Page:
Sports

Ladies and gentlemen, your 2020 Detroit Tigers are the butt of jokes already


February 21, 2020, 9:45 PM by  Alan Stamm

Tigers-bashing starts early, or maybe it has no off-season.

The regular season is five weeks off and Detroit plays its first real exhibition game Saturday afternoon in Lakeland, Fla., yet there's a reason for ridicule back home.

The Free Press' baseball writer invites swings as tickets for the March 30 home opener and other games became available Friday:

Followers take batting practice in comments under his tweet:

  • "Those people are actually trying to sell back their season tickets." -- Kyle McCormack, Berkley

  • "I think I’ll pass on those long lines!" -- Edward J. Maksimczak, Detroit

  • "Any word if the line has gone down since this tweet? Asking for no one." -- Michael Kettler, Plymouth

  • "Get 'em before they’re gone folks." -- Chris Humphries

  • "When do you think the line will go down?" -- Paul Bear

  • "How long did those people have to camp out?" -- Jason Smith

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In Saturday's paper, Fenech recalls a time when fans "would show up a day before single-game tickets went on sale just to get one of these wristbands."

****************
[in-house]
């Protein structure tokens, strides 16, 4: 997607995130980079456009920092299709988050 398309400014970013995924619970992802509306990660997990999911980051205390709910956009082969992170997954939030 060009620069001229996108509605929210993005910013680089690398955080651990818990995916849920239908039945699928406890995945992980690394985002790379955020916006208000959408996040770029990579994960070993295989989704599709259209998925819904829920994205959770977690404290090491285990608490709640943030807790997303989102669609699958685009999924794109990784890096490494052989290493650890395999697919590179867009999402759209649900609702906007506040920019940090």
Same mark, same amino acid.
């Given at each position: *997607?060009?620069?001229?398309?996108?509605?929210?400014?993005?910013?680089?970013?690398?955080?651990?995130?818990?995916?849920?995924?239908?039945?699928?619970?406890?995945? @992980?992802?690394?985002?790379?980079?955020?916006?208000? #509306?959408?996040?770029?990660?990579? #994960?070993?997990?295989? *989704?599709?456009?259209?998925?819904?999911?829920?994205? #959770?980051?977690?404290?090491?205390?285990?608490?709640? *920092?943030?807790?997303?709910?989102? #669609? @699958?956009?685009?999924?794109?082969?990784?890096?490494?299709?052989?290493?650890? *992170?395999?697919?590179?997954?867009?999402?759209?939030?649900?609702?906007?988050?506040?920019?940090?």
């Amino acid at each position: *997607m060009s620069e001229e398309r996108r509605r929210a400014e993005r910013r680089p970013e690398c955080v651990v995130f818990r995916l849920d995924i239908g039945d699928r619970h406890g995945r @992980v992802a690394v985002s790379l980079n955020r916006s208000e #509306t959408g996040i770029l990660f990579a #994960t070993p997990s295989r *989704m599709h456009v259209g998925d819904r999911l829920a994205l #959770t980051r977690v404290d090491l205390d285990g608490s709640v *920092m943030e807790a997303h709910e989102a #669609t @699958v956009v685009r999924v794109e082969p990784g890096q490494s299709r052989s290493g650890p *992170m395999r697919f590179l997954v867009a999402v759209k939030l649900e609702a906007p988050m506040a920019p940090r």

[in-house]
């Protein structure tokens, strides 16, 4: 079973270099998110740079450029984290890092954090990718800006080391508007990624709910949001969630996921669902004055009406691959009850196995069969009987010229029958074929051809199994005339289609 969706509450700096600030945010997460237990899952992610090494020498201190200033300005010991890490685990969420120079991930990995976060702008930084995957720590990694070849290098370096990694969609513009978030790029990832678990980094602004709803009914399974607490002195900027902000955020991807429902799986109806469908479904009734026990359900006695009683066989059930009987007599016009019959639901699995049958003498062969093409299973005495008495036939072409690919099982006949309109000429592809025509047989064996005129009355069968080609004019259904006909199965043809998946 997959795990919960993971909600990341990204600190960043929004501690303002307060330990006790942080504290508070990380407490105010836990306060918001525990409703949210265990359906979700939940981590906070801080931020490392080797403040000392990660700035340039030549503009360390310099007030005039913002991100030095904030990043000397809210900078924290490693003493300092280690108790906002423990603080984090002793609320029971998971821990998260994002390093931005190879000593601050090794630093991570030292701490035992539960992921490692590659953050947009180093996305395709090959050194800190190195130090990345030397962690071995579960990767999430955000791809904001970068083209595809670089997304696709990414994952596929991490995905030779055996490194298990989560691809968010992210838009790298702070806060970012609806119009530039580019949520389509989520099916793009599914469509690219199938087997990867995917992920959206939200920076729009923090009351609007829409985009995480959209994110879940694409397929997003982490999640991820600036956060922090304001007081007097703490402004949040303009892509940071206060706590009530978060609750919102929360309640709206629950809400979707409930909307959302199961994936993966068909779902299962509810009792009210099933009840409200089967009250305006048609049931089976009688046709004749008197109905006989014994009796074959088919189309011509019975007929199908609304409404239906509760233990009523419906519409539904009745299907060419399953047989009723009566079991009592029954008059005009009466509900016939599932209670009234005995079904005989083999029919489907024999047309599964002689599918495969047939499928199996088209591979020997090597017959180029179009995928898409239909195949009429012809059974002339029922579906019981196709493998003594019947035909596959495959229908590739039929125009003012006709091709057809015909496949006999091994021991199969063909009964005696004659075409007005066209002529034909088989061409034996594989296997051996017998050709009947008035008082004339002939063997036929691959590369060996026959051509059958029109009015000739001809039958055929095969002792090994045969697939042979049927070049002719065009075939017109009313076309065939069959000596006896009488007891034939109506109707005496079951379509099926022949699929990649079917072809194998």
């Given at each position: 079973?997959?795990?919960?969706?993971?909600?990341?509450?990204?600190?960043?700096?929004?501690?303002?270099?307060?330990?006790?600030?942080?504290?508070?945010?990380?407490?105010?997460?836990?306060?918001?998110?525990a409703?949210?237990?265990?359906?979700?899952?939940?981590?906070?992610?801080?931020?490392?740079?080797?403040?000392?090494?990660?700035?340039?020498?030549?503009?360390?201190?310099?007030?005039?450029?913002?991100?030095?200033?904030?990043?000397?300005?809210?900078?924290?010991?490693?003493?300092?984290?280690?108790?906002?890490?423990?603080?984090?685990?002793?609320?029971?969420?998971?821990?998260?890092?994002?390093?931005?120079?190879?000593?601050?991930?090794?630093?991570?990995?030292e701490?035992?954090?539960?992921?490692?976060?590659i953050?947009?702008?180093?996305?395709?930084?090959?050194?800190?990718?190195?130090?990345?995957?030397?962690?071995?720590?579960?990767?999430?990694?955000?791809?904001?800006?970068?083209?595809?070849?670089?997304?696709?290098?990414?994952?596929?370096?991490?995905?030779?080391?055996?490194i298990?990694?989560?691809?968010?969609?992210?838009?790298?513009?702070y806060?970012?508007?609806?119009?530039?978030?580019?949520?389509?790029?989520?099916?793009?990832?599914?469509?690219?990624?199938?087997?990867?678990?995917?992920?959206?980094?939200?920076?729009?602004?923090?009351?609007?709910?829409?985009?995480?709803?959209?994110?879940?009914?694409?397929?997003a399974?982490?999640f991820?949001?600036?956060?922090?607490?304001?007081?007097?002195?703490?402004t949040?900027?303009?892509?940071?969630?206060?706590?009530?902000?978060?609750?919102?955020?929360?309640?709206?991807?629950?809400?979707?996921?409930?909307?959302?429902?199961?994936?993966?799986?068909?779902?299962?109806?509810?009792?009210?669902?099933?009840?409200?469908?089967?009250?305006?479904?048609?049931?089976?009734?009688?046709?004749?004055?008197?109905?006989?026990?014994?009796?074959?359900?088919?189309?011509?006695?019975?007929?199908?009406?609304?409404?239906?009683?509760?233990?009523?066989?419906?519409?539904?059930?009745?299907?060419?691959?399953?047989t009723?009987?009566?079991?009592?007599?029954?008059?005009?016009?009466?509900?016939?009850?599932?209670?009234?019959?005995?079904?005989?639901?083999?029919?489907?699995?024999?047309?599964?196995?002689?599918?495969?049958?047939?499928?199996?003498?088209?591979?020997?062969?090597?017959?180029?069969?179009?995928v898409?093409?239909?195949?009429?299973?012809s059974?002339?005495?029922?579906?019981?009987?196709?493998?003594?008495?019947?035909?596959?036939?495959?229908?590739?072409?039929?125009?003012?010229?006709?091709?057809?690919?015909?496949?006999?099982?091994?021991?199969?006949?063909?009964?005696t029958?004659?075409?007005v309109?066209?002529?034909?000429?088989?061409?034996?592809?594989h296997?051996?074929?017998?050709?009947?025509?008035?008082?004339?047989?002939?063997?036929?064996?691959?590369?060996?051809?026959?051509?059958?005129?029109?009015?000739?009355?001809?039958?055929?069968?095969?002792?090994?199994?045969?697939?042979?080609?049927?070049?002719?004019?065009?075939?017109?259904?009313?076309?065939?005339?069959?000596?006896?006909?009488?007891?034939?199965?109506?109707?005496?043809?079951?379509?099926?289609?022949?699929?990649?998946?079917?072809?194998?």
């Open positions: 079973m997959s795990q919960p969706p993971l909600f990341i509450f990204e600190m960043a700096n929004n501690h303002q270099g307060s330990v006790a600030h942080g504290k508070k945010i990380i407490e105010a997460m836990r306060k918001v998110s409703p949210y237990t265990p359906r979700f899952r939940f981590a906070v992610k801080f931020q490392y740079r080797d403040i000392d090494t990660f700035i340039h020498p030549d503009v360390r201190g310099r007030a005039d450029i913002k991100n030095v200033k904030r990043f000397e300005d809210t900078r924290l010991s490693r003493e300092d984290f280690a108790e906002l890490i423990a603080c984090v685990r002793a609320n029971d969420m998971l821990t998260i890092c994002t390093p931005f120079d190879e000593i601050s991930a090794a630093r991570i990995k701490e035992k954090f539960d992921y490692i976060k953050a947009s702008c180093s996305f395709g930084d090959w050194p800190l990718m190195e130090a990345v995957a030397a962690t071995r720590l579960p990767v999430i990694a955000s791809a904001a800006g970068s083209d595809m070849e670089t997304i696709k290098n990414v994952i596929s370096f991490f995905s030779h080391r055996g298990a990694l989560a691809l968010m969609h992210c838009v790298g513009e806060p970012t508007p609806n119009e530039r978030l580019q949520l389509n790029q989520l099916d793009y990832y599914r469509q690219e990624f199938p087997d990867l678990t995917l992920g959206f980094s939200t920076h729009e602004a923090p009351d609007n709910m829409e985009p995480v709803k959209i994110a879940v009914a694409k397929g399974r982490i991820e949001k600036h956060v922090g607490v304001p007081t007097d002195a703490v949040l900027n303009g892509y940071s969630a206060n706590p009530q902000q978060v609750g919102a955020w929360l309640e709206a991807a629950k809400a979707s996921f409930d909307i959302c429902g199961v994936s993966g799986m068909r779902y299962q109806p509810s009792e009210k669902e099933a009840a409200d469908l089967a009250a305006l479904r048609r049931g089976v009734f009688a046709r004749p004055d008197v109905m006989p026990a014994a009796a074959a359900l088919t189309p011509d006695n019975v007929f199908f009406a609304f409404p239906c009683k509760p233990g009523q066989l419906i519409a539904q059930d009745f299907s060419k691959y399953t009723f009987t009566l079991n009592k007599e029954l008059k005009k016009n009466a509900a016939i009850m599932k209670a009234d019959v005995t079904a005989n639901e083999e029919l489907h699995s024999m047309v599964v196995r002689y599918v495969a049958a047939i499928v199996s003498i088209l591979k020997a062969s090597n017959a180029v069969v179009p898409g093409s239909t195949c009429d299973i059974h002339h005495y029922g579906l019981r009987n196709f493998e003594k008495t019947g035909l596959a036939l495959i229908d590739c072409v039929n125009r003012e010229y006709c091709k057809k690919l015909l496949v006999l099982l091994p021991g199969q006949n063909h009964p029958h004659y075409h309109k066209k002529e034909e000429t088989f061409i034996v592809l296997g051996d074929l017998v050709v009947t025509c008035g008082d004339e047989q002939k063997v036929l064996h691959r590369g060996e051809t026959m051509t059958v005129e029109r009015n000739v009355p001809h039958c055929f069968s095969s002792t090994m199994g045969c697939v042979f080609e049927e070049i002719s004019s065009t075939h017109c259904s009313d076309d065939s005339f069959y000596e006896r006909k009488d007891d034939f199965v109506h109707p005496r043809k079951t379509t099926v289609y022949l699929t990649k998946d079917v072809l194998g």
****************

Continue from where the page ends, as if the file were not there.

The next day, they would wrap around the stadium ... to buy [tickets]. They’d buy lots of games, not just Opening Day, which traditionally sold out in a matter of minutes.

But these days, there are no wristbands. No lottery. There’s no need.

No line around the stadium, no line at all, only a few folks sitting inside their cars off the curb of Montcalm Avenue, waiting until a Tigers employee signals to them that the box office is now open for the 2020 season.

Seven ticket windows opened for six waiting customers. The Opening Day tickets for the March 30 home opener against the Royals were as low as $20. None of those customers polled by the Free Press bought tickets for games other than Opening Day.

The sportswriter wistfully describes how "the Tigers’ ticket staff would bring out cups of hot chocolate to those camping out overnight" before first-day sales.  

Now, after 310 losses over the past three seasons, Fenech sees "growing apathy [and] indifference."

Even though Comerica Park tickets also are sold online, Friday morning's humiliating turnout by those wanting to avoid Ticketmaster fees "was a warning to the Tigers – and ownership – of how things can further decay with another season resembling the last three, and of how quickly you can lose an important part of your die-hard fan base," the Freep's man on the beat suggests.


(Photo: mlb.com)



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